Even though common claims associate the power of an alligator snapping turtle’s bite as one of the Chelydra bite forces in the wild, this is pretty much a myth. Several other species of turtles possess stronger bite force than that of alligator snapping turtles. The bite force of an alligator snapper is about the same as that of humans and is usually relative to the size of the turtle’s body.
Are Alligator Snapping Turtles Aggressive?
No, alligator snapping turtles are not aggressive by nature, and they are not known to attack unless grabbed by the shell and/or attacked by a predator. In fact, alligator snapping turtles are known to be less aggressive than common snapping turtles. Since scientists know too little about alligator snappers, though, it is best to avoid getting this reptile angry and/or teasing it, as the bite can be painful and damaging to human beings and animals alike.
Can You Release a Pet Alligator Snapping Turtle in the Wild?
In the wild, alligator snapping turtles inhabit freshwater sources. However, since not all local freshwater locations may be suitable because of various reasons, such as possible contaminants, among many others, it is best not to release your pet alligator snapping turtle in the wild before consulting with a qualified veterinarian.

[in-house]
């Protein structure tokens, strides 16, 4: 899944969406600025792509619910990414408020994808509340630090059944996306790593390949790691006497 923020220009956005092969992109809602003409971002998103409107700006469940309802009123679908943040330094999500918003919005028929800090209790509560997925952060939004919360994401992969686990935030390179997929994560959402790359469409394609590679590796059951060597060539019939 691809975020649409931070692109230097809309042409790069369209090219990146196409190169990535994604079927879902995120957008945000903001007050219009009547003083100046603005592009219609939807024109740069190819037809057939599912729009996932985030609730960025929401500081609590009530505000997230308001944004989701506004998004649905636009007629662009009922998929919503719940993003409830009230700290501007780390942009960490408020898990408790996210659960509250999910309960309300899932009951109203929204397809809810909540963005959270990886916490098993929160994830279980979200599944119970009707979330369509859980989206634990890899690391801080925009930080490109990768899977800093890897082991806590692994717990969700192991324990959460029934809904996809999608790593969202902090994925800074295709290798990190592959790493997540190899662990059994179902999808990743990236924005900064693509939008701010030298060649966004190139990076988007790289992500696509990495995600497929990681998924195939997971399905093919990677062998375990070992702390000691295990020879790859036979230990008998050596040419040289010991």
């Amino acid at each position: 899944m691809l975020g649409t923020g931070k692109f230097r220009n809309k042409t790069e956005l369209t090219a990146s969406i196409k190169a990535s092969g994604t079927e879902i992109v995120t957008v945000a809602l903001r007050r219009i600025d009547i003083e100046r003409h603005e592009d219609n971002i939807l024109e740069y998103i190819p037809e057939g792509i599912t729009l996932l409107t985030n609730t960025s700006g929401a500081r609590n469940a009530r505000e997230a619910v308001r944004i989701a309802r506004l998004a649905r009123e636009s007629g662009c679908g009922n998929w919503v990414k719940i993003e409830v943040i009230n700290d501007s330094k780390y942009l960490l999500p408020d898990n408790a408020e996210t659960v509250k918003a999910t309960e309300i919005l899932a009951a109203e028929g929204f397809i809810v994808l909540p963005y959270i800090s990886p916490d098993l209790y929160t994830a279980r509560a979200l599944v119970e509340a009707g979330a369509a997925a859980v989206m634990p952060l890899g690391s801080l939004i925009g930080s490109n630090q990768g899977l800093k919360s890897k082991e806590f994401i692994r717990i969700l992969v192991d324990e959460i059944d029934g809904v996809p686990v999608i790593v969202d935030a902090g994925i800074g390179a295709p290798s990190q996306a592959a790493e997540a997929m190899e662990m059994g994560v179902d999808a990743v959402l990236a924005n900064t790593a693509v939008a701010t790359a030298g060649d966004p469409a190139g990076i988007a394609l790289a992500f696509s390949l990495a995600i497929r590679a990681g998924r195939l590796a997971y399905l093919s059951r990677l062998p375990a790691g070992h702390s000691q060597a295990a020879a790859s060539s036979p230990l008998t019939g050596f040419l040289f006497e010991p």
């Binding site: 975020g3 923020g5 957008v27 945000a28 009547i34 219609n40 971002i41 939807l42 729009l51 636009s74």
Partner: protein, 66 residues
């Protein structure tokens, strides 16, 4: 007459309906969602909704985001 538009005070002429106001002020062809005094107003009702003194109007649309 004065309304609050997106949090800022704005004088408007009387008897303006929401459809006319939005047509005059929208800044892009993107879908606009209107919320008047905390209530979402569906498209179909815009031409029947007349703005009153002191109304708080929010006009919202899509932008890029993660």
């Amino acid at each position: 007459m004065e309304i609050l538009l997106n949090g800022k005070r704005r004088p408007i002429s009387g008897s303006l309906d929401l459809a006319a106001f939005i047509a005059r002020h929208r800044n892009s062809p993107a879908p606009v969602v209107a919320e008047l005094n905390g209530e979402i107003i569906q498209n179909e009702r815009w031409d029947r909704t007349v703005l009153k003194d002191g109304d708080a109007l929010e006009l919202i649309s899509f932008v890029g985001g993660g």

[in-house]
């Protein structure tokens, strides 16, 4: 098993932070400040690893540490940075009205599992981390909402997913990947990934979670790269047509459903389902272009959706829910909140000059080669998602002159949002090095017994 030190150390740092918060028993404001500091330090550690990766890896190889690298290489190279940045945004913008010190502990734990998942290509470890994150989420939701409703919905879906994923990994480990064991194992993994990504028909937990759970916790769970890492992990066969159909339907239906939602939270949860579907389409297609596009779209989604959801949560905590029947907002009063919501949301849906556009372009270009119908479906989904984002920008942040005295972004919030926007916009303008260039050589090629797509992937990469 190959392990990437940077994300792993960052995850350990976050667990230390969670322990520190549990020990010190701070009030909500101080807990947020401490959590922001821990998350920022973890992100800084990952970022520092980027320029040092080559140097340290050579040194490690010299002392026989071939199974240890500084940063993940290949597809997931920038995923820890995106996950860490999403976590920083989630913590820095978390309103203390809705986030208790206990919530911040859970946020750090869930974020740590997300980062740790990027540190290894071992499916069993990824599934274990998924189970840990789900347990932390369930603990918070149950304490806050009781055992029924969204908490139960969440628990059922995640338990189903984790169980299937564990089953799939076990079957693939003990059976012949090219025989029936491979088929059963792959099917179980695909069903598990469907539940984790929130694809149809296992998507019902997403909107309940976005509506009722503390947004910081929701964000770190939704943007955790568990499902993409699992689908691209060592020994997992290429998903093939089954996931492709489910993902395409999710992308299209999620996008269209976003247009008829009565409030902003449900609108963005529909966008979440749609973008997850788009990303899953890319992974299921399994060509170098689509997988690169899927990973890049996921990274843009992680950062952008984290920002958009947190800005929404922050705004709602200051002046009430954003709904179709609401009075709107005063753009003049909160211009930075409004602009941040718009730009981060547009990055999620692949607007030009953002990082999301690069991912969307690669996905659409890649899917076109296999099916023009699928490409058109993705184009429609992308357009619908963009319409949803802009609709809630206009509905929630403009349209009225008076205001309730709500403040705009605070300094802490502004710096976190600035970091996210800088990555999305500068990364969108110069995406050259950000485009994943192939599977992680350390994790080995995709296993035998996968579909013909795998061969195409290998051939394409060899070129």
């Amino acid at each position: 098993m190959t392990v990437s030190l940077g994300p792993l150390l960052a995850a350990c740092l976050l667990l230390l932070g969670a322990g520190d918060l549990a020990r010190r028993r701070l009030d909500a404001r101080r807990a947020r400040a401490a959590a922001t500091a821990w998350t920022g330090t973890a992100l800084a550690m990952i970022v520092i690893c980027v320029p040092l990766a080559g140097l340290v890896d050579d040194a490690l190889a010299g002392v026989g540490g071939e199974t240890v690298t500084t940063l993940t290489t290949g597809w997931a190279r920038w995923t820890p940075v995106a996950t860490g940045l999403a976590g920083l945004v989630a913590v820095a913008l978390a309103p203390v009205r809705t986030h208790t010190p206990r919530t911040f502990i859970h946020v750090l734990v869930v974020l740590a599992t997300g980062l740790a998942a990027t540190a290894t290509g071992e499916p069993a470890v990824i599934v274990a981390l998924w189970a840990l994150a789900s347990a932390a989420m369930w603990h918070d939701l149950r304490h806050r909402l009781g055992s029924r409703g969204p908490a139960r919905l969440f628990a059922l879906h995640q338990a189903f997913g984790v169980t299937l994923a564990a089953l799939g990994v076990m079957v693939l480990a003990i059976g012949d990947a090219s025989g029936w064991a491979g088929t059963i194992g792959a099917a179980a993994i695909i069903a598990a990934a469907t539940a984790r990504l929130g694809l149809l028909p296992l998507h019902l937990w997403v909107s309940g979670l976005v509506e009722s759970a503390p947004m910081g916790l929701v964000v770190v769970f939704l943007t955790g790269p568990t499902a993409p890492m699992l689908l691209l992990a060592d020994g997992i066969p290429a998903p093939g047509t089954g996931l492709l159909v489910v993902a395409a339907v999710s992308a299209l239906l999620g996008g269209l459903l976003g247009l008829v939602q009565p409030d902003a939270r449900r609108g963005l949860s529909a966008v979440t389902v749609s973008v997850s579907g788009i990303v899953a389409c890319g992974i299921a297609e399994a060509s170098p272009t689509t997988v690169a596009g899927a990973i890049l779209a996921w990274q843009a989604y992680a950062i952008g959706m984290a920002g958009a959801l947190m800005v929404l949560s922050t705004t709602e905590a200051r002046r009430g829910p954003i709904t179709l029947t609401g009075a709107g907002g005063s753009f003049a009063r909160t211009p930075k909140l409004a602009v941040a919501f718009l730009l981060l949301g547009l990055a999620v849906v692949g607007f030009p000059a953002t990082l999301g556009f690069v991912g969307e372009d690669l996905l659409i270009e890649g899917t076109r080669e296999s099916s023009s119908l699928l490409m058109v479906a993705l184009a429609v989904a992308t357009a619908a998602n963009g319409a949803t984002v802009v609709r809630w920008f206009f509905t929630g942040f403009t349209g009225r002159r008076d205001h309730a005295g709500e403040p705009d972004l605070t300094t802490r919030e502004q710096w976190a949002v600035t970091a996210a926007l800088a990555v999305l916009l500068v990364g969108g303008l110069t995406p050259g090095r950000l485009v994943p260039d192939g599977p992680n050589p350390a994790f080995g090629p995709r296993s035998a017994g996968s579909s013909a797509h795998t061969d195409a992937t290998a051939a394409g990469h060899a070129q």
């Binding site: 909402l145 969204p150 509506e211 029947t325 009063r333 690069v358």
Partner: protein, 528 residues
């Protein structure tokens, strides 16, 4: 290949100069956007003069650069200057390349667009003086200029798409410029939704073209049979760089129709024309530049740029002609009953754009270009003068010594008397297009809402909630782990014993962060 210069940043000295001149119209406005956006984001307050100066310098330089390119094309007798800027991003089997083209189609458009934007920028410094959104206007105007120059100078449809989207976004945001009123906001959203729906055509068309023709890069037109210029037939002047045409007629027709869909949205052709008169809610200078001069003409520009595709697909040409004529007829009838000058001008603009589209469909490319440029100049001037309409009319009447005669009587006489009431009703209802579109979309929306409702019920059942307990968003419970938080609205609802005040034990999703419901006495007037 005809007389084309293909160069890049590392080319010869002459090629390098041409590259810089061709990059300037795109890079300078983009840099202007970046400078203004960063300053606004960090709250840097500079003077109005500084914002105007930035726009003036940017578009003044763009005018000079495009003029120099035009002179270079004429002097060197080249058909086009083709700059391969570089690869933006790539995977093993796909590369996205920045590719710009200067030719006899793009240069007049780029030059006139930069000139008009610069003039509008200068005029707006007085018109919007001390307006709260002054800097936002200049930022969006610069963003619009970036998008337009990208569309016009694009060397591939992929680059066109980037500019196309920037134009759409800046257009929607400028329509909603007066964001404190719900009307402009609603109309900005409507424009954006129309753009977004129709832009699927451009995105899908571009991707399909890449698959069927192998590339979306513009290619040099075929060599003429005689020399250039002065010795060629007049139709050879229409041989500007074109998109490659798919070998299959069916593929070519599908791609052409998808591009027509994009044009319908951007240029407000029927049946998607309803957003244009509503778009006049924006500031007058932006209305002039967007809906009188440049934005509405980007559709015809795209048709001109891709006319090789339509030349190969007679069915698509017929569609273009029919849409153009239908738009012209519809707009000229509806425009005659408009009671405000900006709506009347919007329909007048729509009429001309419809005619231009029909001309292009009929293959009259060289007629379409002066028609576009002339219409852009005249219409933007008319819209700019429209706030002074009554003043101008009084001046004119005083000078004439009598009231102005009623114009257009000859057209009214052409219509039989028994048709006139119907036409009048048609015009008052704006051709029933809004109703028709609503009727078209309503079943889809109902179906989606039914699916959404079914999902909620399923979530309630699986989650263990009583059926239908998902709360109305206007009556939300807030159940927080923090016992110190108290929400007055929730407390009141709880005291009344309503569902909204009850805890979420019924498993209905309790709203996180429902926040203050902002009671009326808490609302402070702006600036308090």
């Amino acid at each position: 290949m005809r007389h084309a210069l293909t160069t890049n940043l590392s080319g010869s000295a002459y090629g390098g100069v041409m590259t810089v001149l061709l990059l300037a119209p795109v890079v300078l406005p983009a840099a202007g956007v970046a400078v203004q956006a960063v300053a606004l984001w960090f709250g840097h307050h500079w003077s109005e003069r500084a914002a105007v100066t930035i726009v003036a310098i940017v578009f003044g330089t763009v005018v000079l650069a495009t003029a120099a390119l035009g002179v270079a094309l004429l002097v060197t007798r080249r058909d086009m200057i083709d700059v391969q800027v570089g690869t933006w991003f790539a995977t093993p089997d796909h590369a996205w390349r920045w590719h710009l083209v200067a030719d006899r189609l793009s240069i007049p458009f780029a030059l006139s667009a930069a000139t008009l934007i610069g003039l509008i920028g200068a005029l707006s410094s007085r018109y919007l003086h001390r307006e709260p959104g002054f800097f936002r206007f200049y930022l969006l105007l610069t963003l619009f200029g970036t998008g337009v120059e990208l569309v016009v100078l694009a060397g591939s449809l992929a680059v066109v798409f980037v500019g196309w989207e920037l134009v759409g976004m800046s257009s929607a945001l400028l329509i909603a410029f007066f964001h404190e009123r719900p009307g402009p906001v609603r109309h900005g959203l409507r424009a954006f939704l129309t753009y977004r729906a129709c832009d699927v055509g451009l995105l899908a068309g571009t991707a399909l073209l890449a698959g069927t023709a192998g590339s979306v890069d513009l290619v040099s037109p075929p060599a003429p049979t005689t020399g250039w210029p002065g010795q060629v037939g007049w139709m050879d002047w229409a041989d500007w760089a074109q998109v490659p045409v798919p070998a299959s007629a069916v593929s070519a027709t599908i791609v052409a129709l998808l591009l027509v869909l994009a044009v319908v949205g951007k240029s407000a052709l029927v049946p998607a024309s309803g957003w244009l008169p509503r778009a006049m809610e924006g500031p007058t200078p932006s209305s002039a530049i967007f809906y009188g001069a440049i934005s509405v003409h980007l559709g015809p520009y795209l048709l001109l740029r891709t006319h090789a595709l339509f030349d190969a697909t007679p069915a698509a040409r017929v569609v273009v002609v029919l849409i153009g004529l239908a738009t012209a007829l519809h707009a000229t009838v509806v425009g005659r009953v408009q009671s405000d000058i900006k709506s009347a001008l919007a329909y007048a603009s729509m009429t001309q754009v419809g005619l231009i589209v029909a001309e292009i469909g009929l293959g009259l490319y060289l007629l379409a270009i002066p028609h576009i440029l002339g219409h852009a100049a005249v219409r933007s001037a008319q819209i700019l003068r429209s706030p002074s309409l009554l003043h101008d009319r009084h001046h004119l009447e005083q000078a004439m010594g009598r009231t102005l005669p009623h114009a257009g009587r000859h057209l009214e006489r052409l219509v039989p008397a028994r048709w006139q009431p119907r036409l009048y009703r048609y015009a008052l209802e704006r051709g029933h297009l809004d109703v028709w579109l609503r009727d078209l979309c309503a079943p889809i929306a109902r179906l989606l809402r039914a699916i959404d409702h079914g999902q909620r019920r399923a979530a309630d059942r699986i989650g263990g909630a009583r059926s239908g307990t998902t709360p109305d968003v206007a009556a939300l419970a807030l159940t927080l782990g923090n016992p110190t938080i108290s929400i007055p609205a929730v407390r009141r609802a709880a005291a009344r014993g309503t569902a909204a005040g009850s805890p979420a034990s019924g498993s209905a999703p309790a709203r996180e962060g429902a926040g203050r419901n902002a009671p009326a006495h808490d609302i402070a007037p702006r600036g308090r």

How Often Do Alligator Snapping Turtles Need to be Fed?
Hatchling and juveniles alligator snappers should be fed daily. Adult alligator snapping turtles should be fed only every other day. Giving too much food can result in making the alligator snapping turtles’ water dirty, so only feeding as much as they actually need is crucial in order to sustain their health and well-being.
Can You Keep an Alligator Snapping Turtle as a Pet?
Yes, you can keep an alligator snapping turtle as a pet but you do always need to get well-acquainted with the local laws and regulations in your area of residence prior to purchasing an alligator snapper pet. Because of their sharp claws, strong jaws, and massive size in mature age, alligator snappers are not recommended as pets for small children aged below 6 years. Potential alligator snapping turtle pet owners must be well-trained on how to approach, handle, and treat the reptile as to stay away from any possible trouble.
Why Are Alligator Snapping Turtles Important to Humans?